There is a growing body of literature about the missional church, but the word missional is often defined in competing ways with little attempt to ground it deeply in Scripture. Michael Goheen, a dynamic speaker and the coauthor of two popular texts on the biblical narrative, unpacks the missional identity of the church by tracing the role God's people are called to play in the biblical story. Goheen shows that the church's identity can be understood only when its role is articulated in the context of the whole biblical storynot just the New Testament, but the Old Testament as well. He also explores practical outworkings and implications, offering field-tested suggestions for contemporary churches.
|Publisher:||Baker Publishing Group|
|Product dimensions:||5.90(w) x 8.90(h) x 0.90(d)|
About the Author
Michael W. Goheen (PhD, University of Utrecht) is Director of Theological Education and Scholar-in-Residence at the Missional Training CenterPhoenix. He is also Jake and Betsy Tuls Professor of Missiology at Calvin Theological Seminary, as well as Senior Fellow of Newbigin House of Studies and minister of preaching at New West Christian Reformed Church in Burnaby, British Columbia. He is the author or coauthor of a number of books, including The Drama of Scripture, Living at the Crossroads, and a work on Lesslie Newbigin's missionary ecclesiology.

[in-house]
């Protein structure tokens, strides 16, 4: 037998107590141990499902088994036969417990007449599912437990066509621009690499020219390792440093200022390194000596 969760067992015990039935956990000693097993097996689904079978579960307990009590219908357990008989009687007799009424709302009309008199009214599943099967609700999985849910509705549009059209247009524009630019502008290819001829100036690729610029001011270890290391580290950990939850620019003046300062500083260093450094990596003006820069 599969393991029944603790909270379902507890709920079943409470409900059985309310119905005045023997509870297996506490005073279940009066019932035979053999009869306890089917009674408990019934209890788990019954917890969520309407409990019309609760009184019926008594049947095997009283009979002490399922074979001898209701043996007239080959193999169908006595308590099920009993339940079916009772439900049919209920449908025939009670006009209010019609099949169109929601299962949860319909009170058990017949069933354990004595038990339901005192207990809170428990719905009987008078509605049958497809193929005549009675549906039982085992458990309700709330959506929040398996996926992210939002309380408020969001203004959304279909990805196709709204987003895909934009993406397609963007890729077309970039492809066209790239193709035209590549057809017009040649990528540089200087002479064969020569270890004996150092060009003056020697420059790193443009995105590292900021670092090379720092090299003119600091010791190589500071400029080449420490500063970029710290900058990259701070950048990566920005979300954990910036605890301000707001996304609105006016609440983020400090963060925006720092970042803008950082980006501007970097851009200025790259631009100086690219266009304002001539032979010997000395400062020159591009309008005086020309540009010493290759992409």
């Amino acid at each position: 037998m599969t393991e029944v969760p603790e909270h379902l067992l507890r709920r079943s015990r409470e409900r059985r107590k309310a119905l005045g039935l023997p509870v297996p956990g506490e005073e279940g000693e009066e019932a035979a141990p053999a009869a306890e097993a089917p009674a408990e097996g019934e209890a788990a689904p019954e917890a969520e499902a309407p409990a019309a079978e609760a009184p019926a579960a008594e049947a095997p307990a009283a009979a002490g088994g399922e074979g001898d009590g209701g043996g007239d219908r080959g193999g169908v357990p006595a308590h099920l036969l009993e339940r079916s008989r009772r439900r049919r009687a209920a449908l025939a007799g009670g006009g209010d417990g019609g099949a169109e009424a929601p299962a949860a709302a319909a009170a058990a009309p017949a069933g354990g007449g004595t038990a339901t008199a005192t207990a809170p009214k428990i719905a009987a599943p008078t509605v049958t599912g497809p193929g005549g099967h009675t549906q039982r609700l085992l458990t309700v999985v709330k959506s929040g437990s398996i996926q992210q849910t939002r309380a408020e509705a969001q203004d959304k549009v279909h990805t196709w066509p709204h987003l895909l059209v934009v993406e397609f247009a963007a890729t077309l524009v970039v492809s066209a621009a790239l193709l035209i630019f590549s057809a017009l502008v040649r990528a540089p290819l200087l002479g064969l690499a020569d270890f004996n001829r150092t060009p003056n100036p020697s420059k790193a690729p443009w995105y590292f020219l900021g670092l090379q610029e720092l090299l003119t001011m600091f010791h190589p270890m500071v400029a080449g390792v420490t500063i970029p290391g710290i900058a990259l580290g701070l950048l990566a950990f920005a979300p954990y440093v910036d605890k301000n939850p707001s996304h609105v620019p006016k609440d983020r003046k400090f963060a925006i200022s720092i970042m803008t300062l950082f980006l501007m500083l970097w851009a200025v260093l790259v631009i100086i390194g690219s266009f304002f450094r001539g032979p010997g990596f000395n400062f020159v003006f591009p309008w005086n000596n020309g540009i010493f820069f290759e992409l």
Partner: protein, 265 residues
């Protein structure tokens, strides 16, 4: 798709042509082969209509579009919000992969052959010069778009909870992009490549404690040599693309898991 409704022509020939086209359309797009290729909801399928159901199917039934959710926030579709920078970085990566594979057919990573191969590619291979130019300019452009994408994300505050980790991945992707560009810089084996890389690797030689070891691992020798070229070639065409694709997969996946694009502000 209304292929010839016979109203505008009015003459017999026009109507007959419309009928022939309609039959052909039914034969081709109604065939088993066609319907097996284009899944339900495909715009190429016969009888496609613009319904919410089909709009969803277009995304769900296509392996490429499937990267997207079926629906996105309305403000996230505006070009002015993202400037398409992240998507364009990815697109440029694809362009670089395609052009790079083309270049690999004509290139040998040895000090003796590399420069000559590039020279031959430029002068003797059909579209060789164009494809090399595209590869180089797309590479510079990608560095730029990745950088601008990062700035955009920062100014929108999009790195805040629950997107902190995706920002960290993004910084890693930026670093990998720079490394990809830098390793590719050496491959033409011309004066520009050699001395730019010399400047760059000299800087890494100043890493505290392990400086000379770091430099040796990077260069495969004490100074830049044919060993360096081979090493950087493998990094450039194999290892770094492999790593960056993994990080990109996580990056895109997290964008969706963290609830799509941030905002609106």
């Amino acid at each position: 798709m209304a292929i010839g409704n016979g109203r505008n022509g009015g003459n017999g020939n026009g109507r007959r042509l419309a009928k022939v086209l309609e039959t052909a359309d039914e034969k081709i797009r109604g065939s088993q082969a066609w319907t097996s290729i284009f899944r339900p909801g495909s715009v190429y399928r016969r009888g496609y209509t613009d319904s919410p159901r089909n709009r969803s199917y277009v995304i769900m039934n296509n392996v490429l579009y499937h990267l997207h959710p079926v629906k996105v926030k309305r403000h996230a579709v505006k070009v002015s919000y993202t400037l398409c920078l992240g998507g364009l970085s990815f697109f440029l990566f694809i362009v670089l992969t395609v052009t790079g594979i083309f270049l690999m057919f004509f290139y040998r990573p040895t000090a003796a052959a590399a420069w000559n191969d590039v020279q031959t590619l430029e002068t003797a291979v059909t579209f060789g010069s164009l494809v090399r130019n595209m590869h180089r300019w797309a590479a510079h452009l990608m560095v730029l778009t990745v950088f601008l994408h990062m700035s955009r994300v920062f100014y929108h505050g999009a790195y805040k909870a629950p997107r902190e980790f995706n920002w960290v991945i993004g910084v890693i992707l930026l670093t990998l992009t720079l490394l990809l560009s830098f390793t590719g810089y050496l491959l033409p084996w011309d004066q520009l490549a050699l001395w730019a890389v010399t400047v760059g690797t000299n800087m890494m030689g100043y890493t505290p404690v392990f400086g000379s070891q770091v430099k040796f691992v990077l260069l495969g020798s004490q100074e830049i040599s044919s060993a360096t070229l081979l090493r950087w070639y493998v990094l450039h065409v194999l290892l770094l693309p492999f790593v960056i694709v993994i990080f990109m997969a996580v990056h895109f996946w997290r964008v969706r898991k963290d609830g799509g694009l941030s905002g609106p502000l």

Table of Contents
Contents1. The Church's Identity and Role: Whose Story? Which Images?2. God Forms Israel as a Missional People3. Israel Embodies Its Missional Role and Identity amid the Nations4. Jesus Gathers an Eschatological People to Take Up Their Missional Calling5. The Death and Resurrection of Jesus and the Church's Missional Identity6. The Missional Church in the New Testament Story7. New Testament Images of the Missional Church8. The Missional Church in the Biblical StoryA Summary9. What Might This Look Like Today?Indexes
Most Helpful Customer Reviews
A Light to the Nations is a much needed corrective to much of the pragmatic discussion of the mission of the church. Much of the discussion is devoid of a biblical context that starts in the OT with Israel. A Light to the Nations can be summed up in three main stages that present the biblical development of the people of God as missional people: (1) OT Israel as the beginning of the people of God, (2) the coming of Jesus to restore the people of God and (3) the NT church as the reconstituted people of God. Goheen does a masterful job of tracing the roots of mission in Scripture as a background and basis for the contemporary mission of today's church. A Light to the Nations is a great corrective to much of the missional talk of the day. It puts the meat on the bones of some weak theology of mission that too many have today. The greatest strength of the book is its truly biblical theology approach as it begins with the concept as originated with Israel and Abraham. For those who see more discontinuity within Scripture in regards to Israel and the church this book will be a much needed dose of corrective medicine. It is perhaps not a stretch to say that, a rejection of Goheen's biblical theology of mission is a rejection of the Scripture's concept of mission.